Tuesday, June 25, 2024

Next-Generation Motor Position Sensing Innovation

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A breakthrough in motor position sensing offers robotics and industrial sectors accuracy beyond traditional encoders.


Renesas Electronics Corporation has introduced its inductive position sensor (IPS) technology for motor position sensor ICs in robotics, industrial, and medical sectors. This position sensing, which uses coil sensors, offers an alternative to magnetic and optical encoders in motor control systems.

The IPS uses copper coil elements on a printed circuit board (PCB) to identify the location of a target. Unlike magnet sensors, IPS units function at 600 Krpm (electrical) and determine startup position. They have a propagation delay of 2μs and include auto-calibration and linearization capabilities.

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Using the Vernier principle, this dual-coil sensor provides a resolution of 19 bits and an accuracy of 14 bits. These sensors operate in temperatures, dust, moisture, vibrations, and electromagnetic interference (EMI). They are shielded from stray fields, require no maintenance, and have a different error margin than magnetic sensors. Inductive position sensors are an option over optical or magnet-based encoders.

The inductive position sensor technology is compatible with widely adopted UART, ABI, and I²C communication interfaces, enabling easy integration into industrial systems and promoting instantaneous tracking and data evaluation. Furthermore, this sensor technology will come equipped with a comprehensive set of tools, including specialized software for user tailoring and accuracy refinement.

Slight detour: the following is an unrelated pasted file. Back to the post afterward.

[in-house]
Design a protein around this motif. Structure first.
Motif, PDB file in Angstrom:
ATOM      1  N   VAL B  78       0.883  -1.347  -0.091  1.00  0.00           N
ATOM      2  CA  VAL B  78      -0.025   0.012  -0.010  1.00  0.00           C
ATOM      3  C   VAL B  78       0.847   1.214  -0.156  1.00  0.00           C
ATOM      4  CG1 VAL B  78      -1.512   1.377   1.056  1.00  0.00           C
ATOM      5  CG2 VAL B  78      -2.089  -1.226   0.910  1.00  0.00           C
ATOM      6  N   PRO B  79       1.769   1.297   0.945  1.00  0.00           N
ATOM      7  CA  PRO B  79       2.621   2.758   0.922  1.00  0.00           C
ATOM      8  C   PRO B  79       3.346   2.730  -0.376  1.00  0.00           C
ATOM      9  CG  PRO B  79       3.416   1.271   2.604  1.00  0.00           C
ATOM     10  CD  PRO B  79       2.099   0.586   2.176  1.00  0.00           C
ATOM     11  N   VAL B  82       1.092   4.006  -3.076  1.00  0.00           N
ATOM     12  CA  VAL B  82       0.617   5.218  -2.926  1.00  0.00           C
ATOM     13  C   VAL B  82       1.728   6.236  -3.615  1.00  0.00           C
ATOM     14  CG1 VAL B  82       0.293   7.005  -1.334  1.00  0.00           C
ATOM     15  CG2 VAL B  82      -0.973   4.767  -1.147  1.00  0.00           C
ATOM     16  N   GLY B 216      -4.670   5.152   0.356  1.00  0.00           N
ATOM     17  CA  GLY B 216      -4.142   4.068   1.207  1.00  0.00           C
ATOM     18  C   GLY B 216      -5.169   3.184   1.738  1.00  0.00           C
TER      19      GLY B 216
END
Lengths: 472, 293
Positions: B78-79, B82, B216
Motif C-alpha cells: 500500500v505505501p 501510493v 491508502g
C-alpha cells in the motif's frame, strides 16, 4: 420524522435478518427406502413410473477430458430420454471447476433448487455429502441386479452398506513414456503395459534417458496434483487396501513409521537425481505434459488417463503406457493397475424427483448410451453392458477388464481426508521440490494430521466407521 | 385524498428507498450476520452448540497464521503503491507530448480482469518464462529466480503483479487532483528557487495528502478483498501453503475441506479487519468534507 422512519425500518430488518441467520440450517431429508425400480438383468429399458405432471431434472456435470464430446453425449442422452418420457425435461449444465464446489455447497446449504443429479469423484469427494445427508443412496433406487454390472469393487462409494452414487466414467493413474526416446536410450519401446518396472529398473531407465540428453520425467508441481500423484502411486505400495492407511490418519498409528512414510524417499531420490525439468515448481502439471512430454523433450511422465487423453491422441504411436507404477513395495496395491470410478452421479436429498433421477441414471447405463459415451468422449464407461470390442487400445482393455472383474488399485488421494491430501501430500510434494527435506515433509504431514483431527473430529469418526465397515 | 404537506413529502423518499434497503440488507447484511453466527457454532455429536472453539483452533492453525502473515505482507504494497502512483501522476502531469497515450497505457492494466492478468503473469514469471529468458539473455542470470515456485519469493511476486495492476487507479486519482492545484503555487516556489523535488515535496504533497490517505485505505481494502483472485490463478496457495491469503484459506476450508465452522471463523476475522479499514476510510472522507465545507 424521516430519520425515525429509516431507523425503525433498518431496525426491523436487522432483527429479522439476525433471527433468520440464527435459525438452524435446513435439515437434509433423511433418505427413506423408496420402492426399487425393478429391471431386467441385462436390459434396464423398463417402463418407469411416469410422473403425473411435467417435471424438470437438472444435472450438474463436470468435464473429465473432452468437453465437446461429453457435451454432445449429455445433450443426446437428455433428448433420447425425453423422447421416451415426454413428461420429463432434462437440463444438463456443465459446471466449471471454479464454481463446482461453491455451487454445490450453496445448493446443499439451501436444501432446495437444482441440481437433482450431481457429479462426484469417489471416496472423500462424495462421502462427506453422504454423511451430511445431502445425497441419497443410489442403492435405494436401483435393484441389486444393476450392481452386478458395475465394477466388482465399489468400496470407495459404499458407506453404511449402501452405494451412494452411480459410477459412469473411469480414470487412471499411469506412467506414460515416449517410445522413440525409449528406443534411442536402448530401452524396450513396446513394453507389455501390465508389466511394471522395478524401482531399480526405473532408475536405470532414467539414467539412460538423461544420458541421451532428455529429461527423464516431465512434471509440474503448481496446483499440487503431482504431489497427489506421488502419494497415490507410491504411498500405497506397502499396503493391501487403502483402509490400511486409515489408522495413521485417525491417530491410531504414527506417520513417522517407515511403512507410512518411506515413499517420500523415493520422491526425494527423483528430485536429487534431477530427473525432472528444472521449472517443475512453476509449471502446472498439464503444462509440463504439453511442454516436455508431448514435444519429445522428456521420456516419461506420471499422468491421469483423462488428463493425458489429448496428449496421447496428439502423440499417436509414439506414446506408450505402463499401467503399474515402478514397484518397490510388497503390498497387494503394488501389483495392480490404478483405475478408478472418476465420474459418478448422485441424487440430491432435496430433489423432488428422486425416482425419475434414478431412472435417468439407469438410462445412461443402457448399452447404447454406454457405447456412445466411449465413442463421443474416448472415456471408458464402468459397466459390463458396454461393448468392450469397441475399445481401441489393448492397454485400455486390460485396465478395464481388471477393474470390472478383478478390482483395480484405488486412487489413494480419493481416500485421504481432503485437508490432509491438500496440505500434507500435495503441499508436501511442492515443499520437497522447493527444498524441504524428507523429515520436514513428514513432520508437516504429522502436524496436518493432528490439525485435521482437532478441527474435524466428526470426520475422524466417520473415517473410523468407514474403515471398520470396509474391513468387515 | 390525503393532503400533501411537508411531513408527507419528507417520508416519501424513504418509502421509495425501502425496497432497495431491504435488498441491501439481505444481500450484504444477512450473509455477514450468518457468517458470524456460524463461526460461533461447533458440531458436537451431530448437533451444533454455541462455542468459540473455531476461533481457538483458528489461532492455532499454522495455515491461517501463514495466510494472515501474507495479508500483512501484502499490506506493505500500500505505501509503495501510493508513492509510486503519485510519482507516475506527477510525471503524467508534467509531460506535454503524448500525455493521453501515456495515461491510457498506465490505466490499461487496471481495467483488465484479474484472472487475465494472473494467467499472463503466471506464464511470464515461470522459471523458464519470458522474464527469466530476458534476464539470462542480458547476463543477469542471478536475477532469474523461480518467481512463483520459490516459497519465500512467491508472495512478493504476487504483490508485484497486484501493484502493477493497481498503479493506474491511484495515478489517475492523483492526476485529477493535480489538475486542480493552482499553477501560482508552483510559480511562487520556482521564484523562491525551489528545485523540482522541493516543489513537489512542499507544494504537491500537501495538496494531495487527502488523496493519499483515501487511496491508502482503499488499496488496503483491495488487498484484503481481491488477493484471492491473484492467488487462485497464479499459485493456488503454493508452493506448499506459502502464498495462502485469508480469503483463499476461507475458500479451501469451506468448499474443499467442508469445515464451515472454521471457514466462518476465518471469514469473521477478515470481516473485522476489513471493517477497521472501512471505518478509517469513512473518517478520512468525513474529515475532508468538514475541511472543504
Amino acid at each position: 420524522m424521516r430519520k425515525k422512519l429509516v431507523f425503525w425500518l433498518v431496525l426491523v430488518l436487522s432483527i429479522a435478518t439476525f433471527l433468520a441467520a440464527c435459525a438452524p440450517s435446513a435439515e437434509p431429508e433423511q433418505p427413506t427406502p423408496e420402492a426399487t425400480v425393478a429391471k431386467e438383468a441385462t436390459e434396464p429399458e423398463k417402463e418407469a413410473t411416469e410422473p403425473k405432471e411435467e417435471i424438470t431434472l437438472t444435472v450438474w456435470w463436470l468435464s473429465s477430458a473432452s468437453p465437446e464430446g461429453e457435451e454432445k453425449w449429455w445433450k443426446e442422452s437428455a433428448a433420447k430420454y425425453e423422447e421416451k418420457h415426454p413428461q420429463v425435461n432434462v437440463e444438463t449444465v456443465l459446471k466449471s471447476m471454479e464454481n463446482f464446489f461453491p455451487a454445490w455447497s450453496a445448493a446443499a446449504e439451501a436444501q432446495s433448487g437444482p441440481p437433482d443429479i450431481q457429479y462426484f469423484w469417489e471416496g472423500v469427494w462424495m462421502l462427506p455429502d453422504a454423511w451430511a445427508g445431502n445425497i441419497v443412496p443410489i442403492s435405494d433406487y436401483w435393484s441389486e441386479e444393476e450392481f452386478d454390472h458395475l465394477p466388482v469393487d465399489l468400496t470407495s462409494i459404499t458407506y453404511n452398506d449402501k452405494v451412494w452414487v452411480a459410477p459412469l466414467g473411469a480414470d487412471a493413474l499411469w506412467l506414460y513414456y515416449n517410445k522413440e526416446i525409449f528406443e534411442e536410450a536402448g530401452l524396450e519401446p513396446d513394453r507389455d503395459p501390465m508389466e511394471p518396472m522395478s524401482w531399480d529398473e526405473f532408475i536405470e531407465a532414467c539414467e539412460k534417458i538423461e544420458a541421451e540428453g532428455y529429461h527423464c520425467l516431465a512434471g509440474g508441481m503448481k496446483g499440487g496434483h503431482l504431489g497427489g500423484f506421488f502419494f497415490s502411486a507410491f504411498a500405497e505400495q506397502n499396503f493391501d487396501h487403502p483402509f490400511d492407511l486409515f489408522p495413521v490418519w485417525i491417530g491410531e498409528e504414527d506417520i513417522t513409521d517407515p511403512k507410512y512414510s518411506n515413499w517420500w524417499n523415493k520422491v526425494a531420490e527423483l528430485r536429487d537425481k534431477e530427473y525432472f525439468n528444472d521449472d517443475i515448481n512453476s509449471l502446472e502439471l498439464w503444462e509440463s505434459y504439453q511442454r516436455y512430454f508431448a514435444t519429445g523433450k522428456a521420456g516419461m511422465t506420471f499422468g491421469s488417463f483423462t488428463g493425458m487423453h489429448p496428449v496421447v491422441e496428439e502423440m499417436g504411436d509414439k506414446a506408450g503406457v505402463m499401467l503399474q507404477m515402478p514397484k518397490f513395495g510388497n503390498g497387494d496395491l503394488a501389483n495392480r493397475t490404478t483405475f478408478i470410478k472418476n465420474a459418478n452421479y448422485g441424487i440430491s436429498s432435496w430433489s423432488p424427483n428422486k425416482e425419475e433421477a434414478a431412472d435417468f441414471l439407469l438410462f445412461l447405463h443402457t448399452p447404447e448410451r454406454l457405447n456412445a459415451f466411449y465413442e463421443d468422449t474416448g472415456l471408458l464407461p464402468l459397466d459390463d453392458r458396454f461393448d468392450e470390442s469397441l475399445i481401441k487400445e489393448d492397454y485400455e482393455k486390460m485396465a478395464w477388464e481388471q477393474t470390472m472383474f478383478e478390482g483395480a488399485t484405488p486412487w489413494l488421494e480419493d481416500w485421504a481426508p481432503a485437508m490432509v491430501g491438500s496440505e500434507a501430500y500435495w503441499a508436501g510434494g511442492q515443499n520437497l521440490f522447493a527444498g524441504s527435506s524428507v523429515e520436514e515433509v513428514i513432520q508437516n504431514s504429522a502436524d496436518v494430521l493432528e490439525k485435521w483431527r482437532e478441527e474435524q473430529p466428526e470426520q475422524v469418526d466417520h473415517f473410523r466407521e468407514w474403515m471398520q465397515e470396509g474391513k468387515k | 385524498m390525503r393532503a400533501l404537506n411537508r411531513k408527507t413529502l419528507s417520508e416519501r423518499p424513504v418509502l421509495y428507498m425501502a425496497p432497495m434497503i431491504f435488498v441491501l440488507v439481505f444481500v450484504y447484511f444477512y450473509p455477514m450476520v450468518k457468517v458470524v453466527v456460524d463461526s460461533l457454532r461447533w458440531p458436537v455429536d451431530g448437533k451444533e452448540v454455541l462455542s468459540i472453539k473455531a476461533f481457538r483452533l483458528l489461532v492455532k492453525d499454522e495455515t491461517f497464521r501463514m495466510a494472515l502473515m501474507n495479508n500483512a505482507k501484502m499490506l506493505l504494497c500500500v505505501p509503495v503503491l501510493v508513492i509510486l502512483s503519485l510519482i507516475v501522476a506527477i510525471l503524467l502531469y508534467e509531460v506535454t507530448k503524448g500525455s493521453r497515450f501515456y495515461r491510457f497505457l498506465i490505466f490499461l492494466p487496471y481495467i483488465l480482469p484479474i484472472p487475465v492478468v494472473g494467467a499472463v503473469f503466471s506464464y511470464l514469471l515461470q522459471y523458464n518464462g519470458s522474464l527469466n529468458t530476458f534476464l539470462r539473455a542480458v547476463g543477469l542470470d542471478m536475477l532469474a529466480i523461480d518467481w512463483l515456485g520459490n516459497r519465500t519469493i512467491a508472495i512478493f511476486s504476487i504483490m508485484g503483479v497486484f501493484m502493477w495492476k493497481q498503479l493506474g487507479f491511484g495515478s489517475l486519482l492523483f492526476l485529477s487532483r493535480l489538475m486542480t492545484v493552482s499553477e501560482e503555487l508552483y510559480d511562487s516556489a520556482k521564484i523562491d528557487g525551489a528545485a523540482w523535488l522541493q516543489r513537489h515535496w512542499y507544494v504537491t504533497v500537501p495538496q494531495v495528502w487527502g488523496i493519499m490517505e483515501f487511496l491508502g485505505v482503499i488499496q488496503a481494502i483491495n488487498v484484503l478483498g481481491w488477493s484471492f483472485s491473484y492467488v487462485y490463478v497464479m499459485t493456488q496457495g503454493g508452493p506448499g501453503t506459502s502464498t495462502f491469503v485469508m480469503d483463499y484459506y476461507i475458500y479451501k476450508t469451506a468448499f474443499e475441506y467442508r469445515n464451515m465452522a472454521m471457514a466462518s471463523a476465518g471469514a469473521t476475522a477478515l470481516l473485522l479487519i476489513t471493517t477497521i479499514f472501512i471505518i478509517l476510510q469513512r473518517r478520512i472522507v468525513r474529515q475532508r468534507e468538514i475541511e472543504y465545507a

Some of the key features of the IPS technology include:

  • Rotational speed: 600 rpm (electrical)
  • Resolution: up to 19 bits  
  • Accuracy: Up to 14 bits
  • Digital interfaces: UART, ABI, I²C
  • Extended ambient temperature range: -40 °C to +160 °C
  • Two voltage supply ranges: 3.3V ±10% or 5.0V ±10%
  • Over-voltage, reverse-polarity and short circuit protection: ±18V on both supply and output pins
  • Adaptable to any full-scale angle range through coil design

“Our induction position sensor technology represents a significant leap forward in motor position sensors,” said Jan Leuckfeld, Senior Director of the HPC Analog (Sensor) Division at Renesas. “They will enable us to provide differentiated motor position sensor ICs for industrial applications that are robust, highly accurate and cost-effective.”

Nidhi Agarwal
Nidhi Agarwal
Nidhi Agarwal is a journalist at EFY. She is an Electronics and Communication Engineer with over five years of academic experience. Her expertise lies in working with development boards and IoT cloud. She enjoys writing as it enables her to share her knowledge and insights related to electronics, with like-minded techies.


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